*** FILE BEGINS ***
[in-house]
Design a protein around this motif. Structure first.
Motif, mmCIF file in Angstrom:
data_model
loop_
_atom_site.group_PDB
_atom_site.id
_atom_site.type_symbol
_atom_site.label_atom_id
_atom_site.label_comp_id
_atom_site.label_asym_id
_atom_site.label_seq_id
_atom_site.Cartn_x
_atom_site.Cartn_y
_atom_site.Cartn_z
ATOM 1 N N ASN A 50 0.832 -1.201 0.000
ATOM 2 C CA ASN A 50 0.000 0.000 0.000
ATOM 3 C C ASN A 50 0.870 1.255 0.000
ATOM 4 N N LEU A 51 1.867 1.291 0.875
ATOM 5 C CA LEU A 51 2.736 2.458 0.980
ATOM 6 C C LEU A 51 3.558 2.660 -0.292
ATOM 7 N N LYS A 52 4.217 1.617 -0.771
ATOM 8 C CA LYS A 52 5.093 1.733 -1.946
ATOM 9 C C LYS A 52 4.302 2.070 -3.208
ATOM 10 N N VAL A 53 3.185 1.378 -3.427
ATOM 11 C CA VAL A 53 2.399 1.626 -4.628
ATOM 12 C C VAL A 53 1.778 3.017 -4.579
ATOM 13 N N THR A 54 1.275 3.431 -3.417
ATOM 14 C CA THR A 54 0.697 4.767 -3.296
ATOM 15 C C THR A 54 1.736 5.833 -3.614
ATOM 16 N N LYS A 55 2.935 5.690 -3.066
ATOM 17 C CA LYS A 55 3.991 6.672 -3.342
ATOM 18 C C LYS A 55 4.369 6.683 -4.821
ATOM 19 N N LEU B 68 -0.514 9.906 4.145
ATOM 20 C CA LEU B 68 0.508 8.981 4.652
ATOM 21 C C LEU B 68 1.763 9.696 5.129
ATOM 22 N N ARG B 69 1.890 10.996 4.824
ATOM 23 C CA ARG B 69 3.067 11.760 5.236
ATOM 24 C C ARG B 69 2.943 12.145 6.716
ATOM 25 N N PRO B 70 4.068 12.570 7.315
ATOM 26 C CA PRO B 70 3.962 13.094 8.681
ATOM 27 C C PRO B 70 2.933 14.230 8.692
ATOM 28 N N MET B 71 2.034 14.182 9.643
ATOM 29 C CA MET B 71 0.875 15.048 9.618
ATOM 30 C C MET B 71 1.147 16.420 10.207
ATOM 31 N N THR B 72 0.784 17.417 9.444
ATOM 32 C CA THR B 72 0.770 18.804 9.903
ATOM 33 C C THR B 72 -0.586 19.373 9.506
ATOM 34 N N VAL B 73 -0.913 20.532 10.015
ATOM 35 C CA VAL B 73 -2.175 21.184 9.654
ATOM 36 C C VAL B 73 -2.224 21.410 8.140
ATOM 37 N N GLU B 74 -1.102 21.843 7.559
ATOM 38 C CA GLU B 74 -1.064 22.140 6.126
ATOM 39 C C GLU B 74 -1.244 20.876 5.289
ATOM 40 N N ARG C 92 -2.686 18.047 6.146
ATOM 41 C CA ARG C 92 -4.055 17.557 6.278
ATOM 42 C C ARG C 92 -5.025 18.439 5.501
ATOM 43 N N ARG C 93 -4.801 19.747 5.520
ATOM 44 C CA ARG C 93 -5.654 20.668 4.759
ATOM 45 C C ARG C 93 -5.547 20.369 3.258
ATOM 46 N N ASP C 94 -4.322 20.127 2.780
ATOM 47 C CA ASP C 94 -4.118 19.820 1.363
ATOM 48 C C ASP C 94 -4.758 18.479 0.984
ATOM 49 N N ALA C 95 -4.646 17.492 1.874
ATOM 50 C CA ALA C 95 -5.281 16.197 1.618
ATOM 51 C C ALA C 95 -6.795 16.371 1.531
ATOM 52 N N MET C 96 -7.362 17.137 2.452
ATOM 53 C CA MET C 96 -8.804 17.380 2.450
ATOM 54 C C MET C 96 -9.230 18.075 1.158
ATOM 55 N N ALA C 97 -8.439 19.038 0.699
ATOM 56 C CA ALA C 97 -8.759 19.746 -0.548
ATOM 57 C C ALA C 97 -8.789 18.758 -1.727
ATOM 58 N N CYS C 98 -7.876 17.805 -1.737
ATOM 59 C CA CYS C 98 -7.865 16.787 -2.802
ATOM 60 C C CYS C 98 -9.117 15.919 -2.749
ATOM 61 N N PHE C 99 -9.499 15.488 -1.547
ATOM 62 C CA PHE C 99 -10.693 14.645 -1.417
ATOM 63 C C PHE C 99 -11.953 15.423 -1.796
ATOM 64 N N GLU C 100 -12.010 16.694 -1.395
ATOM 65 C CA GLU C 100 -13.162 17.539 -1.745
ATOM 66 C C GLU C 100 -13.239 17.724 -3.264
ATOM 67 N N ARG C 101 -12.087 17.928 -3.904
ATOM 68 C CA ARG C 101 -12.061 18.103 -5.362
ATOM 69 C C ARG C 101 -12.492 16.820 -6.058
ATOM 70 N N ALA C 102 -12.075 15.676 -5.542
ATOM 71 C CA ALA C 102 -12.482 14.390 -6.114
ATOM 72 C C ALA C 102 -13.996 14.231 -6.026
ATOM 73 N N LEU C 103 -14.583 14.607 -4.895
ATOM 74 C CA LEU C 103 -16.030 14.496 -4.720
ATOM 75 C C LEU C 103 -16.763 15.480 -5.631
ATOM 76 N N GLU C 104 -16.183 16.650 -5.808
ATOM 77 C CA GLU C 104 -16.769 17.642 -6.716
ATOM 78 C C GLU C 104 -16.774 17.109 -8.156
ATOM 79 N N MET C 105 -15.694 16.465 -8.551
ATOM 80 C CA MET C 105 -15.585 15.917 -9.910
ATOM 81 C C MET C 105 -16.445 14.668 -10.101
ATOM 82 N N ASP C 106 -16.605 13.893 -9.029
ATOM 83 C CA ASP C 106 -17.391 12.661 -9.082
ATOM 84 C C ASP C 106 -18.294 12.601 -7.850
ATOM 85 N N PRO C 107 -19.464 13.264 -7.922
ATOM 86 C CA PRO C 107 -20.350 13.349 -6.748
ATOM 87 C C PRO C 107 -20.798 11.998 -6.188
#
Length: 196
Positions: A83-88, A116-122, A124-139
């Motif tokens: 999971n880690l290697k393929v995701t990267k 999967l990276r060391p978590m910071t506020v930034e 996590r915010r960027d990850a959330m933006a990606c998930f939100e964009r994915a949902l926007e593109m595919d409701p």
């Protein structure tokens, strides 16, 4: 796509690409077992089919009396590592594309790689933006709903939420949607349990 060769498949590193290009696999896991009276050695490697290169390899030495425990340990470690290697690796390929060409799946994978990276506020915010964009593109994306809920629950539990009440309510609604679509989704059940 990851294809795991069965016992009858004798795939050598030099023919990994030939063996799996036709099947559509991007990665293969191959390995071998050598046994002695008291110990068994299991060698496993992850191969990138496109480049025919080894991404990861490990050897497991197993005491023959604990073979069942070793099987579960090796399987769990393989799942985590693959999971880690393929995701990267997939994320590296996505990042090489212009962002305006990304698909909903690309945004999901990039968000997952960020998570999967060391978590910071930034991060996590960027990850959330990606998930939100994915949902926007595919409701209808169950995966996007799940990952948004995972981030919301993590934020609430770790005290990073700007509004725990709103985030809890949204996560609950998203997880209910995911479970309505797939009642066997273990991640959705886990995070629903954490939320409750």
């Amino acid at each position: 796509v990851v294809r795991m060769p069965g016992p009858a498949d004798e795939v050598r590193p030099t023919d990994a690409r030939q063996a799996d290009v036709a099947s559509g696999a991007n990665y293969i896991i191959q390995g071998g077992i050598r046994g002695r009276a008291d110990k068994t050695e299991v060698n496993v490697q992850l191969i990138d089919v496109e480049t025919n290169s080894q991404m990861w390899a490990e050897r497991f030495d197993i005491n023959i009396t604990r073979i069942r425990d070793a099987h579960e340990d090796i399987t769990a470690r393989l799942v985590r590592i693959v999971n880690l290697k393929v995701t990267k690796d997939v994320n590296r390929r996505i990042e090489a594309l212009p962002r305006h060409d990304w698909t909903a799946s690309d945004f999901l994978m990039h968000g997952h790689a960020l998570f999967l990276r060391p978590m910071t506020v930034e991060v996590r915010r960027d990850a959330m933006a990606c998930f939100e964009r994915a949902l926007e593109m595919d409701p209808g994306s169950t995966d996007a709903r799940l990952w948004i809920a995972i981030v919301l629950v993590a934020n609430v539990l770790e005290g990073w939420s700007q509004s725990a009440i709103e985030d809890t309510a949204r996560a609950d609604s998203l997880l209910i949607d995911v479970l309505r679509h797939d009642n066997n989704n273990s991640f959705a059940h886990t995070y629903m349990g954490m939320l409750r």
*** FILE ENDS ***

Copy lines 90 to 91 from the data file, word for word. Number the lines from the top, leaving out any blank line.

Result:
ATOM 75 C C LEU C 103 -16.763 15.480 -5.631
ATOM 76 N N GLU C 104 -16.183 16.650 -5.808